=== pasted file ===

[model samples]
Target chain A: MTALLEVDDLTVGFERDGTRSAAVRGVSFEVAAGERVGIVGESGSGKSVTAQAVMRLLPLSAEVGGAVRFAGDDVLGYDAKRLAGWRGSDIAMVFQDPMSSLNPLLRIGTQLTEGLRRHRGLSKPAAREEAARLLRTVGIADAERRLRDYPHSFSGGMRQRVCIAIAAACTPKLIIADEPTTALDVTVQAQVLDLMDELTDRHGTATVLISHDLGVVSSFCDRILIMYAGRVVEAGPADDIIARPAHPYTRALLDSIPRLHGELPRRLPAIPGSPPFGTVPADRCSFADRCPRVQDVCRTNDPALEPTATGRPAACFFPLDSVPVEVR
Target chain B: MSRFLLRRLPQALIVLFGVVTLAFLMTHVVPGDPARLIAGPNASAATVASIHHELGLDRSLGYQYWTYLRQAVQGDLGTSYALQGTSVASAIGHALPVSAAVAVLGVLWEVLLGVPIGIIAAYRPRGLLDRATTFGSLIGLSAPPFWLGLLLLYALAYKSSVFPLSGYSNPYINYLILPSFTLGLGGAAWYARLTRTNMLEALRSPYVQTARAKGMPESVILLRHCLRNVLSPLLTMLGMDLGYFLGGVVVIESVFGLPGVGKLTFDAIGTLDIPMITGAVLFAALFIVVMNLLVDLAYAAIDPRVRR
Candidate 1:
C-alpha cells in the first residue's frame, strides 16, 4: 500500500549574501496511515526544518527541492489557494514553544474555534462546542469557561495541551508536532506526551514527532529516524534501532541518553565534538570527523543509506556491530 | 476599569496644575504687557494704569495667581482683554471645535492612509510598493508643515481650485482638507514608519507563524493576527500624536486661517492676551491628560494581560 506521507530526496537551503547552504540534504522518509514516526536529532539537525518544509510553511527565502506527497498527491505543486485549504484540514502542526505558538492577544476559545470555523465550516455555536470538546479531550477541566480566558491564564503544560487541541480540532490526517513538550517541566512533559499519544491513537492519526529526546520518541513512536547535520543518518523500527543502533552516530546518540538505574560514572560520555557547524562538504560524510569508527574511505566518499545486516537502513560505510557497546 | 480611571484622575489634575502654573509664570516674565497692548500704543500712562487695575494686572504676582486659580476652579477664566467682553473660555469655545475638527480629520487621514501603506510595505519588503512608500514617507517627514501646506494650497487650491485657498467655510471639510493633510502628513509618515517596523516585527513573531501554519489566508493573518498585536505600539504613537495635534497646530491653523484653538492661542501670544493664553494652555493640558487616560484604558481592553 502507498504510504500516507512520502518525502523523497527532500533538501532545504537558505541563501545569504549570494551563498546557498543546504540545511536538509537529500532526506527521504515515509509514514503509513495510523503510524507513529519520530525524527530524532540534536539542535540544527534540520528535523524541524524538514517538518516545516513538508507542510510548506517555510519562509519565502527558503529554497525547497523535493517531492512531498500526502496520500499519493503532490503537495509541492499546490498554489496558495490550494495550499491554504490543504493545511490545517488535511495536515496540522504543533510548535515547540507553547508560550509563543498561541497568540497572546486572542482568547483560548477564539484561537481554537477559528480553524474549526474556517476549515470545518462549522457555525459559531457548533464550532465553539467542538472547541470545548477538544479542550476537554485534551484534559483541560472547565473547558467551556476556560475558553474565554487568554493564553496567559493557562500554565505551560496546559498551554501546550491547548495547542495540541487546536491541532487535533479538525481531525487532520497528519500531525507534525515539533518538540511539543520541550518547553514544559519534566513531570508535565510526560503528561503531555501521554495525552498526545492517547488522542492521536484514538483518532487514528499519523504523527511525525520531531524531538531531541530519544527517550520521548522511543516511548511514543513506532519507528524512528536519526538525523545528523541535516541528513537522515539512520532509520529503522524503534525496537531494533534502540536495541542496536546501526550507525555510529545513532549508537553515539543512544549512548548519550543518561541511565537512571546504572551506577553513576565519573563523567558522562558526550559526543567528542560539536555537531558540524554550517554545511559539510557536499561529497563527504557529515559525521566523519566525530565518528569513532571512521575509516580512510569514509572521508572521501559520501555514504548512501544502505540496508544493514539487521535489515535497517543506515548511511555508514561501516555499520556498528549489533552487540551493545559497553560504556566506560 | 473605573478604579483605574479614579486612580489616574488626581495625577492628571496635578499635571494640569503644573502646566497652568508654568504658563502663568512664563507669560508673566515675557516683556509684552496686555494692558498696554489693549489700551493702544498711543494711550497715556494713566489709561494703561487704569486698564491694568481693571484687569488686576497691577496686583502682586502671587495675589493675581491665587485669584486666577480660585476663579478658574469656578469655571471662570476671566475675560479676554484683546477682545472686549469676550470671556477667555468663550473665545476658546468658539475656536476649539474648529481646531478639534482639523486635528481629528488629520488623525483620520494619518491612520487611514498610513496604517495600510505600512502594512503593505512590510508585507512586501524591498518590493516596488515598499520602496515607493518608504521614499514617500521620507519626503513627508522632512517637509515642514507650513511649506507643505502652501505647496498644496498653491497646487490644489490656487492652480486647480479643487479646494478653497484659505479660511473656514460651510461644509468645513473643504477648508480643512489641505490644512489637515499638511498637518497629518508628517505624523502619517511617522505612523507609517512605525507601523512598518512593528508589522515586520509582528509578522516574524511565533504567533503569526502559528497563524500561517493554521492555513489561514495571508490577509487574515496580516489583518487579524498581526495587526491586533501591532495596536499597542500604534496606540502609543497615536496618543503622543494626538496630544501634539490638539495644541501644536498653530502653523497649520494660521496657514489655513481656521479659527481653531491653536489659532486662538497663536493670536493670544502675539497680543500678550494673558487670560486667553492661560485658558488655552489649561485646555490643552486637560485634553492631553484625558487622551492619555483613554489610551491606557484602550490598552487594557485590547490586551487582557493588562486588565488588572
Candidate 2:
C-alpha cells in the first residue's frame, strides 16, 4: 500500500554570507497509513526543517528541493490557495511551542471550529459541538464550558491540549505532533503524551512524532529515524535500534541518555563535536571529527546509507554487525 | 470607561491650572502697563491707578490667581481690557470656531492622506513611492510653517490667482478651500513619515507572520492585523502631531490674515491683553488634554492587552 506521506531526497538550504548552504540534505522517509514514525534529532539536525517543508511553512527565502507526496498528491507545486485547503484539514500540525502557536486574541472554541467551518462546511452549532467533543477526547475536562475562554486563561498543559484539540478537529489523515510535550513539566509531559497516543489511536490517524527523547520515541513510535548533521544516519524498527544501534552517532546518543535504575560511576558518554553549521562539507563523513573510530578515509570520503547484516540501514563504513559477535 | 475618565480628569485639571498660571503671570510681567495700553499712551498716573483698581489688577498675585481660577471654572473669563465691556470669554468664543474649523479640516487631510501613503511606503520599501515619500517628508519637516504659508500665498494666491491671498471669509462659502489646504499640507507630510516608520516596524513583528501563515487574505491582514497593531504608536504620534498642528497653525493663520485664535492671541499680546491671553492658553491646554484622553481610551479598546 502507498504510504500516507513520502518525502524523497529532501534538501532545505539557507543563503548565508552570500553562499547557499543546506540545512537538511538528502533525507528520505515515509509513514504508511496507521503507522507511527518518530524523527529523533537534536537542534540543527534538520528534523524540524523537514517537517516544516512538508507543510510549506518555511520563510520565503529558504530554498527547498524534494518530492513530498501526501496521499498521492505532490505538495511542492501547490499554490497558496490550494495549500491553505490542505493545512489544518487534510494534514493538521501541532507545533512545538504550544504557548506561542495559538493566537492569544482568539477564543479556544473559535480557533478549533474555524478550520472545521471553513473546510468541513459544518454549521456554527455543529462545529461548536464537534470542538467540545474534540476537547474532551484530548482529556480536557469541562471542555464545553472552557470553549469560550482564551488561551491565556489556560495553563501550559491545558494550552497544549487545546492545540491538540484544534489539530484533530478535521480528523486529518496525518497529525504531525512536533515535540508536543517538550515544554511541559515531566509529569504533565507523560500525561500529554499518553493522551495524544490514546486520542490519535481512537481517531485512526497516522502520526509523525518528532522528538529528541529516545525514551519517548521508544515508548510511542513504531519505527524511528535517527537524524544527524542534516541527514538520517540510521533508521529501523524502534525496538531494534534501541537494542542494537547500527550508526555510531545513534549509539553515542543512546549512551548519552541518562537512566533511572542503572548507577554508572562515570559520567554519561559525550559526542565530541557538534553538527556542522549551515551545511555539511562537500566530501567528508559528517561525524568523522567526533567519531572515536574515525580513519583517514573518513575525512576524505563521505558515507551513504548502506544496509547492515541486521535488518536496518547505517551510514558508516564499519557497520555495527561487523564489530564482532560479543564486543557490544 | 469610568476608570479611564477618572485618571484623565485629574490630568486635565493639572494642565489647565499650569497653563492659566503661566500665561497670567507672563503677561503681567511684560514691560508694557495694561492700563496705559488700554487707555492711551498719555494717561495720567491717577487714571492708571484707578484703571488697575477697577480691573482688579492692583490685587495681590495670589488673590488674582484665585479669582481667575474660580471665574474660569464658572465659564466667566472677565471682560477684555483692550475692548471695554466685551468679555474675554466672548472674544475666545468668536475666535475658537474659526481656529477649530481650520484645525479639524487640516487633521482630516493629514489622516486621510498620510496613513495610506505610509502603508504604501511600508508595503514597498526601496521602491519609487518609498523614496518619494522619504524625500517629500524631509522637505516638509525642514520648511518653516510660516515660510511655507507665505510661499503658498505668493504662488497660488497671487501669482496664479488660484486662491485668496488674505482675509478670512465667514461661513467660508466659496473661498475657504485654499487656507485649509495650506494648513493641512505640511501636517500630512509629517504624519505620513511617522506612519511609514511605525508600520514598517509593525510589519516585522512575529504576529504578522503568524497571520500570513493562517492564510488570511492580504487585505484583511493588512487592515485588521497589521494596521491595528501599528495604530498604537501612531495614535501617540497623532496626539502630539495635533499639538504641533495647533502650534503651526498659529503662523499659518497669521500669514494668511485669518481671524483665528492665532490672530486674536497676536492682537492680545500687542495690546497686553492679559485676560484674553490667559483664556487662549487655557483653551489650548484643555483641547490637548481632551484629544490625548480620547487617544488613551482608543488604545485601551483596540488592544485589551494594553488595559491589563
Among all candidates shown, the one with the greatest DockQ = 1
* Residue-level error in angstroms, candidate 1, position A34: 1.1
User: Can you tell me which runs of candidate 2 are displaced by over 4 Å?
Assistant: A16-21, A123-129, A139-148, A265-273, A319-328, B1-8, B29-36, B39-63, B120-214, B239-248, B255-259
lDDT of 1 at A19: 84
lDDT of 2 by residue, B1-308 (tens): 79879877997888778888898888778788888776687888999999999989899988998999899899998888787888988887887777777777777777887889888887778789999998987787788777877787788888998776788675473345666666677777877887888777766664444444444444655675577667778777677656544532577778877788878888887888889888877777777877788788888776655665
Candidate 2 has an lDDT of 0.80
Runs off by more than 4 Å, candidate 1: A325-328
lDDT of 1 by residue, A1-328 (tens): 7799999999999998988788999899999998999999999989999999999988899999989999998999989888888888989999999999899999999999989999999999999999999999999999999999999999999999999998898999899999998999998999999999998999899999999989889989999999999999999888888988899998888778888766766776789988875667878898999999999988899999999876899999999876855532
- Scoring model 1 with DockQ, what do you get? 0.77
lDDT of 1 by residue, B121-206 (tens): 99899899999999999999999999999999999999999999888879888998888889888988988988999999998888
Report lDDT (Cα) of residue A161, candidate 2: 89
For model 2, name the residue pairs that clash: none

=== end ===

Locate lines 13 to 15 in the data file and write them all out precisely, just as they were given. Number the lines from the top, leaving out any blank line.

lDDT of 2 by residue, B1-308 (tens): 79879877997888778888898888778788888776687888999999999989899988998999899899998888787888988887887777777777777777887889888887778789999998987787788777877787788888998776788675473345666666677777877887888777766664444444444444655675577667778777677656544532577778877788878888887888889888877777777877788788888776655665
Candidate 2 has an lDDT of 0.80
Runs off by more than 4 Å, candidate 1: A325-328